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Monday, December 22, 2014, 4:39 a.m.
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Bill Clinton takes ’14 surrogate role, helps Democrats

By The Associated Press

This article was published February 25, 2014 at 7:10 a.m.

in-this-oct-30-2013-file-photo-former-president-bill-clinton-speaks-in-charlottesville-va

In this Oct. 30, 2013, file photo, former President Bill Clinton speaks in Charlottesville, Va.

WASHINGTON — Bill Clinton, popular in territory unfriendly to President Barack Obama, is reprising his role as a super-surrogate for Democrats battling to keep their Senate majority and win other races. In the long run, Clinton could pick up political chits for his wife, Hillary Rodham Clinton, should she run for president in 2016.

The political terrain is rough in these Senate battleground states. Obama's signature domestic achievement, the Affordable Care Act, is unpopular. Obama himself has soft poll numbers. Many Democrats won't appear with the president, even though they'll accept his fundraising help.

Clinton is the last Democratic presidential candidate to carry a swath of Southern states crucial to the 2014 midterms, including his native Arkansas; Georgia; Kentucky and Louisiana. The former president remains in heavy demand as a fundraiser and adviser as his wife plans a forthcoming book tour and considers how she may help Democrats this year.

The former president is busily involved in politics on his home turf, where he served five terms as governor and keeps an apartment at his presidential library.

Arkansas Democratic Sen. Mark Pryor is facing a serious challenge from GOP Rep. Tom Cotton. James Lee Witt, Clinton's head of the Federal Emergency Management Agency, is running for Cotton's House seat and will join Clinton at an event in Hot Springs on April 5. And Pat Hays, a former North Little Rock mayor who supported Clinton's 1992 campaign, is running for another congressional seat.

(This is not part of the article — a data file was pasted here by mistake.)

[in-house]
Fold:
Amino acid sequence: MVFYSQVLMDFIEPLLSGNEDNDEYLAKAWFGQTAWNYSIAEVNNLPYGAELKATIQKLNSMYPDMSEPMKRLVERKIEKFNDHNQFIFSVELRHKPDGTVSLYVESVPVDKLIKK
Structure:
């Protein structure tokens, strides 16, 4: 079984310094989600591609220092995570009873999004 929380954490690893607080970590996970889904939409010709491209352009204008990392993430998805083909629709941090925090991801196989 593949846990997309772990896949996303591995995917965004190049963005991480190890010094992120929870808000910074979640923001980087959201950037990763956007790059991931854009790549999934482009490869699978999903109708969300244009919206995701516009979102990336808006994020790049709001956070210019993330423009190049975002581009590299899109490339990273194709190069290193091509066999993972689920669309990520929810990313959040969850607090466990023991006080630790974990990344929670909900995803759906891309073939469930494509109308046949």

Clinton vouched for former U.S. Rep. Mike Ross, his one-time gubernatorial campaign driver who is running for governor. "Take it from someone who knows a thing or two about being governor of Arkansas: Mike Ross will be a great one," Clinton wrote in a recent email. Ross could face Asa Hutchinson, a former congressman who was a House manager during Clinton's impeachment trial in 1998.

"He will call about political issues, he will call about candidates, he will call about races, he will call about old friends who have done something or died," said Arkansas Gov. Mike Beebe. Clinton recently phoned from Haiti for an update on the state's plan to use Medicaid funds to buy private insurance for the poor, Beebe said.

Republicans, aware that the Clintons loom large over the nation's political future, are taking note.

Prominent members of the GOP have begun reminding voters about the former president's past. Kentucky Sen. Rand Paul, who is considering a 2016 White House run, recently invoked Clinton's relationship with Monica Lewinsky as "predatory behavior" and said Democrats should scrutinize the former president.

But Clinton could be helpful in Senate races in states like Louisiana, where Sen. Mary Landrieu faces a tough re-election campaign, and Georgia, where Michelle Nunn, the daughter of former Sen. Sam Nunn, is running. Her father was among the first Senate Democrats to endorse Clinton in December 1991. Democrats in frequent presidential battleground states like Ohio, Michigan, Pennsylvania and Florida also expect to see the former president.

While Clinton does not yet have an extensive list of scheduled events for Democrats, party strategists note that he has helped longtime friends and Democrats in past elections.

Clinton's speech at 2012 Democratic National Convention generated headlines for making the case for Obama's re-election, and he joined Obama on the campaign trail. But the former president also helped Senate candidates in nine states, including races in Republican-leaning states like Arizona, North Dakota and Indiana.